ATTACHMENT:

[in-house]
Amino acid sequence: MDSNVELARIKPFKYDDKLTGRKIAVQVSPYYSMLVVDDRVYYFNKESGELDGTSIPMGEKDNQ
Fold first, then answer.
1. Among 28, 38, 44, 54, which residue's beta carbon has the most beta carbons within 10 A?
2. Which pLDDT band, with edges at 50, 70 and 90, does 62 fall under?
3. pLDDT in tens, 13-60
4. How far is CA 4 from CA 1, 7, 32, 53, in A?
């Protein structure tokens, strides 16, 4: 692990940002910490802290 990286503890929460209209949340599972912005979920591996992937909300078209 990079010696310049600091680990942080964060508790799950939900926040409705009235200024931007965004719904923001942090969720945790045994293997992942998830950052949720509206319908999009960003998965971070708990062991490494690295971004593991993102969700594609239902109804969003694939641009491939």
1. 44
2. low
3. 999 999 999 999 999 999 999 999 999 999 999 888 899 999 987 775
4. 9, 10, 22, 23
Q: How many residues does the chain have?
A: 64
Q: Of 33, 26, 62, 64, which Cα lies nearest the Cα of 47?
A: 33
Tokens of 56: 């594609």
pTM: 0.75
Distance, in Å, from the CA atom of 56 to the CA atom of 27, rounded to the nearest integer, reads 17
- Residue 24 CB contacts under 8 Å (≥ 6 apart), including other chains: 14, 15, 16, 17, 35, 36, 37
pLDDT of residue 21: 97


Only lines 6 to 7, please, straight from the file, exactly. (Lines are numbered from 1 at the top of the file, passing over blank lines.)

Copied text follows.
3. pLDDT in tens, 13-60
4. How far is CA 4 from CA 1, 7, 32, 53, in A?